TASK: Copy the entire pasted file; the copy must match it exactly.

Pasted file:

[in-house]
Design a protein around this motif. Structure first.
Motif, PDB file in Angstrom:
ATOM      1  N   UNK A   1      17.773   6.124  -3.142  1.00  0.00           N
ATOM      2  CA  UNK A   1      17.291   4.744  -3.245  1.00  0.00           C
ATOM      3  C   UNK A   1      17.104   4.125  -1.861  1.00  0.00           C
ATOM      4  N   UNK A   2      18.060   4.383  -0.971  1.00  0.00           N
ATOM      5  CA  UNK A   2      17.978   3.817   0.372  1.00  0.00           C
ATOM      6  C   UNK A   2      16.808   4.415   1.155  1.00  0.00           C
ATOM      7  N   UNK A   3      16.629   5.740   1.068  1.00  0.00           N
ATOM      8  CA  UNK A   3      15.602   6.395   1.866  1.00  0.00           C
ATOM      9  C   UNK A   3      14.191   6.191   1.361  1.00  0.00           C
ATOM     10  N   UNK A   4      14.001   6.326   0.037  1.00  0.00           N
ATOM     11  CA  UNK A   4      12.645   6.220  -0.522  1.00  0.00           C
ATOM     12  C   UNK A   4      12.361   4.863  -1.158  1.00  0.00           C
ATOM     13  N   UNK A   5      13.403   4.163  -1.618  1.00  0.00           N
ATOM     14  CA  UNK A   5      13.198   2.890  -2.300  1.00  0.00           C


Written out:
[in-house]
Design a protein around this motif. Structure first.
Motif, PDB file in Angstrom:
ATOM      1  N   UNK A   1      17.773   6.124  -3.142  1.00  0.00           N
ATOM      2  CA  UNK A   1      17.291   4.744  -3.245  1.00  0.00           C
ATOM      3  C   UNK A   1      17.104   4.125  -1.861  1.00  0.00           C
ATOM      4  N   UNK A   2      18.060   4.383  -0.971  1.00  0.00           N
ATOM      5  CA  UNK A   2      17.978   3.817   0.372  1.00  0.00           C
ATOM      6  C   UNK A   2      16.808   4.415   1.155  1.00  0.00           C
ATOM      7  N   UNK A   3      16.629   5.740   1.068  1.00  0.00           N
ATOM      8  CA  UNK A   3      15.602   6.395   1.866  1.00  0.00           C
ATOM      9  C   UNK A   3      14.191   6.191   1.361  1.00  0.00           C
ATOM     10  N   UNK A   4      14.001   6.326   0.037  1.00  0.00           N
ATOM     11  CA  UNK A   4      12.645   6.220  -0.522  1.00  0.00           C
ATOM     12  C   UNK A   4      12.361   4.863  -1.158  1.00  0.00           C
ATOM     13  N   UNK A   5      13.403   4.163  -1.618  1.00  0.00           N
ATOM     14  CA  UNK A   5      13.198   2.890  -2.300  1.00  0.00           C